South Korea: Mock funeral for dog held on 'dog meat day'
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|A South Korean animal rights activist pays a silent tribute in front of a dog picture during a rally opposing South Korea's culture of eating dog meat near the presidential Blue House in Seoul, South Korea, Thursday, July 16, 2020. Photo: AP|
Animal activists wore dog masks and held a mock canine funeral during their protests against dog meat consumption in South Korea on Thursday (July 16), the first of three "dog meat days” in the country.
Under a traditional calendar, Thursday is thought to be the first of the three hottest days in South Korea. Many South Koreans believe that eating dog meat or chicken soup on those days gives them strength to beat the heat.
According to Change For Animal Foundation, the dog meat industry is largely seasonal in South Korea, and dog meat is particularly popular during the summer months and over the boknal days - the three hottest days of the lunar calendar - when bosintang is favoured as it is believed to improve stamina and virility during the hot and humid summer months. During these months - late May to August, 70- 80% of dog meat is consumed, even by those who never eat dog meat at any other time of year. Live dogs and dog meat are sold in markets throughout South Korea; and “boshintang” (“invigorating soup”) is served in over >3,500 nationwide. ‘Gaesoju’ (‘dog tonic’) is sold in boshinwon (nutritional or body health shops) throughout the peninsula, and, like bosintang, is widely-believed to hold medicinal properties.
At one protest in central Seoul, about 10 activists held banners that read "There are no edible dogs in the world."
The banners had images of fresh fruit that the activists said South Koreans should eat on the three days instead of dog meat.
|South Korean vegetarian activists wearing dog masks stage a rally opposing South Korea's culture of eating dog meat in Seoul, South Korea, Thursday, July 16, 2020. Activists wore dog masks and held a mock funeral for a canine during their protests against dog meat consumption in South Korea on Thursday, the first of three "dog meat days" in the Asian country. The signs read: "There are no edible dogs in the world". Photo: AP/Ahn Young-joon|
Earlier Thursday, about 20 other activists held a similar anti-dog meat rally nearby. They bowed and laid white flowers before a framed photo of a dog in a mock funeral for the animal. The activists raised placards with the image of small dogs confined in a cage and the words "STOP DOG MEAT”.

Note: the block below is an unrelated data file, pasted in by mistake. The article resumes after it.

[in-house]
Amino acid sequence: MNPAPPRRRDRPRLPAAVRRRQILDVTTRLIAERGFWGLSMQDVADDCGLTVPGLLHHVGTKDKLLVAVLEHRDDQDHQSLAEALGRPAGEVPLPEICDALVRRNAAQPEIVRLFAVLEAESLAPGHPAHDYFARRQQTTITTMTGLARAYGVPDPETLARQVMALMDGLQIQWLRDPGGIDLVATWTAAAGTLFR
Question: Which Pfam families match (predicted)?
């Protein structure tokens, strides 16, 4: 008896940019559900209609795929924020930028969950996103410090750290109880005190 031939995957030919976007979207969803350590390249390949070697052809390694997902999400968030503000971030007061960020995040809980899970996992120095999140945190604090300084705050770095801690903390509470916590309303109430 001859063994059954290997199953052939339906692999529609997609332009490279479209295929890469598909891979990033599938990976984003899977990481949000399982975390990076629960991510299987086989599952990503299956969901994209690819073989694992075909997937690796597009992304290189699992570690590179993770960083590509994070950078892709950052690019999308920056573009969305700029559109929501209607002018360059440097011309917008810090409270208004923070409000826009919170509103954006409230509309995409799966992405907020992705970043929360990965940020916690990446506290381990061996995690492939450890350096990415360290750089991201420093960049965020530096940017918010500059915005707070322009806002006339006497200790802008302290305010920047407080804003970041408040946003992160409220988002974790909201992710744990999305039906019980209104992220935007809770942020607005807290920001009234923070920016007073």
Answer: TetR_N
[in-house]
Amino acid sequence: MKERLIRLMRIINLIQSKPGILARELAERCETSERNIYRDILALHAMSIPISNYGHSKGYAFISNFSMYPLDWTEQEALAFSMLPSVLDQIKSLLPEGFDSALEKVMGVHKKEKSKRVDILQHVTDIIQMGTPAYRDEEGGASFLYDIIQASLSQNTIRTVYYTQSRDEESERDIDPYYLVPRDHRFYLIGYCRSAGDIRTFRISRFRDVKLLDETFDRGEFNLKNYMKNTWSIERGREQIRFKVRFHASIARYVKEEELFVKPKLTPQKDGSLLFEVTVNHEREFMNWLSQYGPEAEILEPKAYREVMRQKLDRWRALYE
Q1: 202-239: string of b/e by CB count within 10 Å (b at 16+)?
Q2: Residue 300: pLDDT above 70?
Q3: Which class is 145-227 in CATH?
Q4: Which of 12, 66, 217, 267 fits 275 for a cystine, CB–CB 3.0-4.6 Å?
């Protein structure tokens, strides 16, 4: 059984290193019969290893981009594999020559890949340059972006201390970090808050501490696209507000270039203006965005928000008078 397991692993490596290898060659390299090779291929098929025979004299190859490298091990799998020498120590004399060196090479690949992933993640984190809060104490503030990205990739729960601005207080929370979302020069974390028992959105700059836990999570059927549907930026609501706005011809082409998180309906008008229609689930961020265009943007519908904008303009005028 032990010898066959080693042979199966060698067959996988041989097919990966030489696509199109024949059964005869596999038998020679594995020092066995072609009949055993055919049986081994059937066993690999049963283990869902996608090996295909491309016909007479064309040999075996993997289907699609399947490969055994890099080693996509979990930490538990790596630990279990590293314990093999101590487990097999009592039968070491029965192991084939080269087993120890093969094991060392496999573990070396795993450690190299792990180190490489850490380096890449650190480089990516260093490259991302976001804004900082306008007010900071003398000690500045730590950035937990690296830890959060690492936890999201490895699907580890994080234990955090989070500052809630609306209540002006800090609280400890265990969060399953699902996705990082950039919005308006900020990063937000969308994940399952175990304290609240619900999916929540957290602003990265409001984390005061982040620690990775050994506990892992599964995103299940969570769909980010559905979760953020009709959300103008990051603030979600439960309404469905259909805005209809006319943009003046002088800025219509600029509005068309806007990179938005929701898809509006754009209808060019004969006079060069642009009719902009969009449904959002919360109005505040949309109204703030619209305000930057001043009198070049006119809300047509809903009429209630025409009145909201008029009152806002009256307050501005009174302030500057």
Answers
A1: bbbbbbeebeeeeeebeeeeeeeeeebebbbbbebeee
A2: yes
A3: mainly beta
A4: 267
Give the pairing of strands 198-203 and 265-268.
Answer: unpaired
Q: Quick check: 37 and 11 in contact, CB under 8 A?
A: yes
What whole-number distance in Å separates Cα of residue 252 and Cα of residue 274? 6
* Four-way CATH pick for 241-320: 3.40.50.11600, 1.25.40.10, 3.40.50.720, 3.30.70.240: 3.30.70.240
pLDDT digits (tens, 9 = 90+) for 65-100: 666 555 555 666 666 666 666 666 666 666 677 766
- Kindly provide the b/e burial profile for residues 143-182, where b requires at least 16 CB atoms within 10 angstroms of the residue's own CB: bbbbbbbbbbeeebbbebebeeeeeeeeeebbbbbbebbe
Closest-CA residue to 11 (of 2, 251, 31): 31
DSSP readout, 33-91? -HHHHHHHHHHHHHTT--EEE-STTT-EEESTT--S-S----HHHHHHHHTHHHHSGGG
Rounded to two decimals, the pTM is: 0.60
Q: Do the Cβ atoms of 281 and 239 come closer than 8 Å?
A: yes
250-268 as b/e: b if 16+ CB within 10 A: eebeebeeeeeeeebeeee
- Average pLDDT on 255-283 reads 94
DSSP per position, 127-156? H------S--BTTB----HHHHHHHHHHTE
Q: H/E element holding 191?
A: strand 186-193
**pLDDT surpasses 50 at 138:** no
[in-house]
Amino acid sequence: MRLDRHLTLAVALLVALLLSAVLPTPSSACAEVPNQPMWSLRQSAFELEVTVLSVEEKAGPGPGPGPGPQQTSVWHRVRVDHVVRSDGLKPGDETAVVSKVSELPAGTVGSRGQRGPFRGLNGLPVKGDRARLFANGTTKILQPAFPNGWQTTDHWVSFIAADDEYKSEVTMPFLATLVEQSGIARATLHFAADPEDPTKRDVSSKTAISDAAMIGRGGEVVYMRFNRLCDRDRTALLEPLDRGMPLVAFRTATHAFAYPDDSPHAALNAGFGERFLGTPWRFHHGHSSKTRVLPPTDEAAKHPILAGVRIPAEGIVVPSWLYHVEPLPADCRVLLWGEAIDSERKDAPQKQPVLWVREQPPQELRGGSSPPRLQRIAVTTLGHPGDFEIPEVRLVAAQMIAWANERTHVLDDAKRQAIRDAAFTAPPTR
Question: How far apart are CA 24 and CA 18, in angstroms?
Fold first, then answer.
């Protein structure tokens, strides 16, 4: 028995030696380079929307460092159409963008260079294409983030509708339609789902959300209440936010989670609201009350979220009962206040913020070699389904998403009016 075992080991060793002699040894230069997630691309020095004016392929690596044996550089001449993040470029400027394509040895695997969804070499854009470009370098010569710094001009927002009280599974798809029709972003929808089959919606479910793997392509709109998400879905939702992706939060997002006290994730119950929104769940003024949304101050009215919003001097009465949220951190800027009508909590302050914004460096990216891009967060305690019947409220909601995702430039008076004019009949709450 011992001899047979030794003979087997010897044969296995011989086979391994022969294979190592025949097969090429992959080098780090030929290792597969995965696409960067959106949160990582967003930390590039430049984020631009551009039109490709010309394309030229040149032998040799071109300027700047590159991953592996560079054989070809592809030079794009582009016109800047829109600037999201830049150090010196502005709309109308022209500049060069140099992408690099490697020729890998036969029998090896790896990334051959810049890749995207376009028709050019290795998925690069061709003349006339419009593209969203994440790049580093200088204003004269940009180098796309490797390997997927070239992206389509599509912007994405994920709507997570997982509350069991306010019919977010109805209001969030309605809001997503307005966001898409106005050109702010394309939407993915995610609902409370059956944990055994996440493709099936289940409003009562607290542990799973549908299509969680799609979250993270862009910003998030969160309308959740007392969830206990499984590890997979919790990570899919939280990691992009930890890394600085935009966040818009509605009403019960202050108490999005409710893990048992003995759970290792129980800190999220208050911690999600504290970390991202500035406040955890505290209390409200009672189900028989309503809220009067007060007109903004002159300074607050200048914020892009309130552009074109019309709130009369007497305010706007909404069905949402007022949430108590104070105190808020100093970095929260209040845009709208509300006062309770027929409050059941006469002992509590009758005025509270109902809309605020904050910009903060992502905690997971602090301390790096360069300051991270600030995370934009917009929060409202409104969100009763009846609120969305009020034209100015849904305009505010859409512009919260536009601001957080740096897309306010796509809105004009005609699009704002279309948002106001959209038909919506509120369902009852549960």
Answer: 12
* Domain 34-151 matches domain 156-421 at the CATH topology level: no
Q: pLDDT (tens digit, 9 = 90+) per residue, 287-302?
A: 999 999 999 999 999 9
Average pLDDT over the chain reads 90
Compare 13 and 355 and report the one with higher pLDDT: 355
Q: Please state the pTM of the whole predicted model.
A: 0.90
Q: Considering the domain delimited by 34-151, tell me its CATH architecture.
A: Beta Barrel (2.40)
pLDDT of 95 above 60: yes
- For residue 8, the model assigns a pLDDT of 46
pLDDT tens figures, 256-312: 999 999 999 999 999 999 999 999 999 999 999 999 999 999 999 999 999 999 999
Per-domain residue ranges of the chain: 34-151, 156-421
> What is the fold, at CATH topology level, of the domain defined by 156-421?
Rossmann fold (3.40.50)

In a similar activity conducted in 2019, American actress Kim Basinger was seen together with dozens of people opposed to dog meat consumption near the National Assembly in Seoul, calling for the legalization of dog meat.
|American actress Kim Basinger in a campaign in Seoul in 2019. Photo: Hurriyet Daily News|
Dog meat is neither legal nor explicitly banned in South Korea. Dog meat restaurants are a dwindling business as younger people find dog meat a less attractive dining option. Pets are growing in popularity, and a survey in 2018 indicated that about 80% of South Koreans had not eaten dog meat in the previous year. However, SCMP cited a source from the Korean Animal Rights Advocate estimate that, up to 1 million dogs are slaughtered for consumption each year in South Korea.
In recent times, South Korea has made multiple efforts to cull its long-standing and often-criticised tradition of dog meat consumption, leading to speculation that the industry may be on its last legs.
During the Pyeongchang 2018 Winter Olympics, the government requested restaurants in the region to stop serving dog meat dishes amid an outcry from activists and visitors, as Western media shone a spotlight on the practice.
In November last year, the government bowed to pressure from animal rights activists and shut down the Taepyeong-dong complex, a dog slaughterhouse located in Seongnam city, south of Seoul. Electrocution equipment, de-hairing machines, wire pens and knives were found in the facility, which critics condemned for its inhumane conditions.
|Protesters in Seoul call for banning dog meat consumption in South Korea. Photo: EPA|
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